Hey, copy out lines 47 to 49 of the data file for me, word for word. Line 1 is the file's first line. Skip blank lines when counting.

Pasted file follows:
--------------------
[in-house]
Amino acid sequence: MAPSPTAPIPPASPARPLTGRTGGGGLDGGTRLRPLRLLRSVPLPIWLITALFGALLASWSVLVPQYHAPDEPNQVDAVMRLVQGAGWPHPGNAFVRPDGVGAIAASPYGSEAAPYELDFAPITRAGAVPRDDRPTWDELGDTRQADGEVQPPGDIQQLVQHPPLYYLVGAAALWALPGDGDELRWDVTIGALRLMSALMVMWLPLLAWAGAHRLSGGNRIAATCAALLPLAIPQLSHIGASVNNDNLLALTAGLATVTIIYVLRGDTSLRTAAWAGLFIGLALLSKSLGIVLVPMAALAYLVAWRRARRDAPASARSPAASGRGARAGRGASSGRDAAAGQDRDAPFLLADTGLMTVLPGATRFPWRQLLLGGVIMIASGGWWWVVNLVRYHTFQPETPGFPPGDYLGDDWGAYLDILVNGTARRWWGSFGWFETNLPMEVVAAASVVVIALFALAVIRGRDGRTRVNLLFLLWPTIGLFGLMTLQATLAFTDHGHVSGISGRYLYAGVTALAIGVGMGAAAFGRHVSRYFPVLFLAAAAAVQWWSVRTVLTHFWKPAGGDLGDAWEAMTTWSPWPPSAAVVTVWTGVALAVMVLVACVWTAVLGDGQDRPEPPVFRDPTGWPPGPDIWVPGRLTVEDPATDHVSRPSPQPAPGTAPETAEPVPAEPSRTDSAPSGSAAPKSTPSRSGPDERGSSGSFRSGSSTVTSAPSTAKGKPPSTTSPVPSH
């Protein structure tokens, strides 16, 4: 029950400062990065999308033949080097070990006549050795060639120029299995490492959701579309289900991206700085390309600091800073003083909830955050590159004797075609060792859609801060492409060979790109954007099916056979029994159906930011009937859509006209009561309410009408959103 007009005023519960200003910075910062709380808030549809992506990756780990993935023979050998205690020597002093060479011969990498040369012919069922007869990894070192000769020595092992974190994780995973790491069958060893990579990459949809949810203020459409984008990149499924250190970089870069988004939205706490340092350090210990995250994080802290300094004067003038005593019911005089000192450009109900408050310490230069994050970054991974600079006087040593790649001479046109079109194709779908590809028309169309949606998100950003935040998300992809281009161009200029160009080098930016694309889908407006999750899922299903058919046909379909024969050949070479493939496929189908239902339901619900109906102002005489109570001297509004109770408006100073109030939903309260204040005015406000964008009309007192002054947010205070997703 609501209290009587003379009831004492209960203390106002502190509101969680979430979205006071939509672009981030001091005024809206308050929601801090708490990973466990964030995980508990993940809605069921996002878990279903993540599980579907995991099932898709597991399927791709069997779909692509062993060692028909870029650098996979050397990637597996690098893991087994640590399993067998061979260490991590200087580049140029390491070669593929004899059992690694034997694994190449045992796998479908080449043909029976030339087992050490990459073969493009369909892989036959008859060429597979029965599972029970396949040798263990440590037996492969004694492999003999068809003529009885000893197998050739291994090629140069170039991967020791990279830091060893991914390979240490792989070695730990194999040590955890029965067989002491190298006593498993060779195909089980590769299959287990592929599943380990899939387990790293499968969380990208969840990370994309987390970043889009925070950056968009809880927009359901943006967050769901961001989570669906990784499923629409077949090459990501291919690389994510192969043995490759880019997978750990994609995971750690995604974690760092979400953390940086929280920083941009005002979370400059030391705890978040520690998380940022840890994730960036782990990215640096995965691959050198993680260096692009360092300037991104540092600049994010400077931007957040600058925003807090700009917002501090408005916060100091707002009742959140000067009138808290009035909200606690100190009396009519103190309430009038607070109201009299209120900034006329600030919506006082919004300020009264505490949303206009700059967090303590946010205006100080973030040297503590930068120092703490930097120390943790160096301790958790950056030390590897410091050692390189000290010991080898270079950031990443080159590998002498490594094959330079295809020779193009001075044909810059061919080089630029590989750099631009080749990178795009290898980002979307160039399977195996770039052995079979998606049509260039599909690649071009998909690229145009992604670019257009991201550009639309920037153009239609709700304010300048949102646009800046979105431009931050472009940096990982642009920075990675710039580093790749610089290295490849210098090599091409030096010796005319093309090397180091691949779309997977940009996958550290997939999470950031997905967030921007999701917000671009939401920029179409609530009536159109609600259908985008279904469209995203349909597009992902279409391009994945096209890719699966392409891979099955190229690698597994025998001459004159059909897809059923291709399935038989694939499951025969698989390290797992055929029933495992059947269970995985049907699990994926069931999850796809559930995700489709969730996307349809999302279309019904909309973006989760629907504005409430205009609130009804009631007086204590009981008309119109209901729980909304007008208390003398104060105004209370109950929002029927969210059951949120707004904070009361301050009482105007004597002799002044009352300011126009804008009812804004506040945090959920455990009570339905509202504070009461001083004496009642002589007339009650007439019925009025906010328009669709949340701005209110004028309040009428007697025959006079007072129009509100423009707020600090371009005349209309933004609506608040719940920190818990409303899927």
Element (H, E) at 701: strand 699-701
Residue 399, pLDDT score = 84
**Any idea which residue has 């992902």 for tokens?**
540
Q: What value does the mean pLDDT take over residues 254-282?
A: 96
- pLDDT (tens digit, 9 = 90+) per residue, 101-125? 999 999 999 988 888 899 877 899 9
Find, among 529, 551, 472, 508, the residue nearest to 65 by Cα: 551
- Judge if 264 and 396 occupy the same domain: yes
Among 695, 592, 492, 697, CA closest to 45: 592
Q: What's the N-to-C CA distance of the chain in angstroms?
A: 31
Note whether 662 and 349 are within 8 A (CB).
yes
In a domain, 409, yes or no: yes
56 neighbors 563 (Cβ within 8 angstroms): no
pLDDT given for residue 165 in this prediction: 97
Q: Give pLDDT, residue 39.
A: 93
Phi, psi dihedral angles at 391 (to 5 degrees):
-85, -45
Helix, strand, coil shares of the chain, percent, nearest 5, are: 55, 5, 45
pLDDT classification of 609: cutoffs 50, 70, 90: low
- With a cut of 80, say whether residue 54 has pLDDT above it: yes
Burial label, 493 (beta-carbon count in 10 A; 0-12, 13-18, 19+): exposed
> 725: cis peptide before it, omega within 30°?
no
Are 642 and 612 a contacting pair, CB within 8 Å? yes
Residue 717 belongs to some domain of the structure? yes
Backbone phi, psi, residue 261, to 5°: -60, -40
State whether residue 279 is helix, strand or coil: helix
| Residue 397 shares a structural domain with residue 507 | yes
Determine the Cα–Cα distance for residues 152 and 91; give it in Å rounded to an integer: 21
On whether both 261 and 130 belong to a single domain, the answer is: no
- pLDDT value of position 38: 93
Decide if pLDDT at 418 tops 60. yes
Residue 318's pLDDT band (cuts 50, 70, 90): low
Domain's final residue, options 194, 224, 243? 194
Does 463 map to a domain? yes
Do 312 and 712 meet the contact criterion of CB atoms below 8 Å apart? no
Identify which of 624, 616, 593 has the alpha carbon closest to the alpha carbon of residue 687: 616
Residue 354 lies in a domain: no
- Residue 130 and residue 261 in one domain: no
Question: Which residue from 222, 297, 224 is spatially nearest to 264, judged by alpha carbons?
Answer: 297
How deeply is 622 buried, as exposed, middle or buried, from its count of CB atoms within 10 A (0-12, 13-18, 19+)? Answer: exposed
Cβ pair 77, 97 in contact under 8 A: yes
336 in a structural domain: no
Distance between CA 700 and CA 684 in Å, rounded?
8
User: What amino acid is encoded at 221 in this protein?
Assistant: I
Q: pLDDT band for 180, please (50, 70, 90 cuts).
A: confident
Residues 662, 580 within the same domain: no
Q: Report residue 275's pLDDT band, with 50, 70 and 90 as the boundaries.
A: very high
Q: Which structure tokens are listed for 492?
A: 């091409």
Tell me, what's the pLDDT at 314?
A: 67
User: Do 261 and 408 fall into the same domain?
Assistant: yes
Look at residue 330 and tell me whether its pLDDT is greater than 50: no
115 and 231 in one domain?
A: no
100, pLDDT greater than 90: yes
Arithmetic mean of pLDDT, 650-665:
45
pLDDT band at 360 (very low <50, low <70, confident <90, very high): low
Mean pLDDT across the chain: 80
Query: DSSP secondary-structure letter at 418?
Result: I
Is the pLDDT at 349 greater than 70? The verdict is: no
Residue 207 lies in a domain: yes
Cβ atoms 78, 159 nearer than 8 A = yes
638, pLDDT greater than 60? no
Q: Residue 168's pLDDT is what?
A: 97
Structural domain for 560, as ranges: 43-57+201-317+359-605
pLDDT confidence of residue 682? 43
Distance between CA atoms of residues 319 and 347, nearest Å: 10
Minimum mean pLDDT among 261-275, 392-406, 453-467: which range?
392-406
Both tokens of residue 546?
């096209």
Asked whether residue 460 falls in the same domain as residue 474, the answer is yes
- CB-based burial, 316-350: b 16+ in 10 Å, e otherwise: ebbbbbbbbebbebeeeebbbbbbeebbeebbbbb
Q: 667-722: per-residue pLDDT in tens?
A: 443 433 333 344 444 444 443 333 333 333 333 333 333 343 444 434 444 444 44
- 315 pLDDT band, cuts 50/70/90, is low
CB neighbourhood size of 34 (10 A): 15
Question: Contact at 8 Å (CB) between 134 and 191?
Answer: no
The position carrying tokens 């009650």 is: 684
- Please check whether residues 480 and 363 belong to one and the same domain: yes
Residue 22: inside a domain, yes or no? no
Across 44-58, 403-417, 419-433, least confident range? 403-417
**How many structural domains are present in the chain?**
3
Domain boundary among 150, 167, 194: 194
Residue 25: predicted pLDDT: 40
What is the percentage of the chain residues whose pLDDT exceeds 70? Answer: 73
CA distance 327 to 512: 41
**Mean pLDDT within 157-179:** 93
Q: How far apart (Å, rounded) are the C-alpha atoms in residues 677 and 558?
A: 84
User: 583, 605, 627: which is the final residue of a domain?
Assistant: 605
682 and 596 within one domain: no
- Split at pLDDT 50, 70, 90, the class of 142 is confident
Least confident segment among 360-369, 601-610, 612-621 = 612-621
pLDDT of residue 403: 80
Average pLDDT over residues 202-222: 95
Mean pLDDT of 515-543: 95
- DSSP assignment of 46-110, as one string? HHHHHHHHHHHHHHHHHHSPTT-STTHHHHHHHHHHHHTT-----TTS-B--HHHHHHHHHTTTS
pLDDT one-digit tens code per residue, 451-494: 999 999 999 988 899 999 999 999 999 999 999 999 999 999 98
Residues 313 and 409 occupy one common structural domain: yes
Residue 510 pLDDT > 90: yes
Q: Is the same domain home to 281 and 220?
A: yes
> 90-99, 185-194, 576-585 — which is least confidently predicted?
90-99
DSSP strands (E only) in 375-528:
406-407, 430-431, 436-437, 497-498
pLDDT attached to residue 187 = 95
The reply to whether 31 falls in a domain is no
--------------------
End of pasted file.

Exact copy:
Question: Which residue from 222, 297, 224 is spatially nearest to 264, judged by alpha carbons?
Answer: 297
How deeply is 622 buried, as exposed, middle or buried, from its count of CB atoms within 10 A (0-12, 13-18, 19+)? Answer: exposed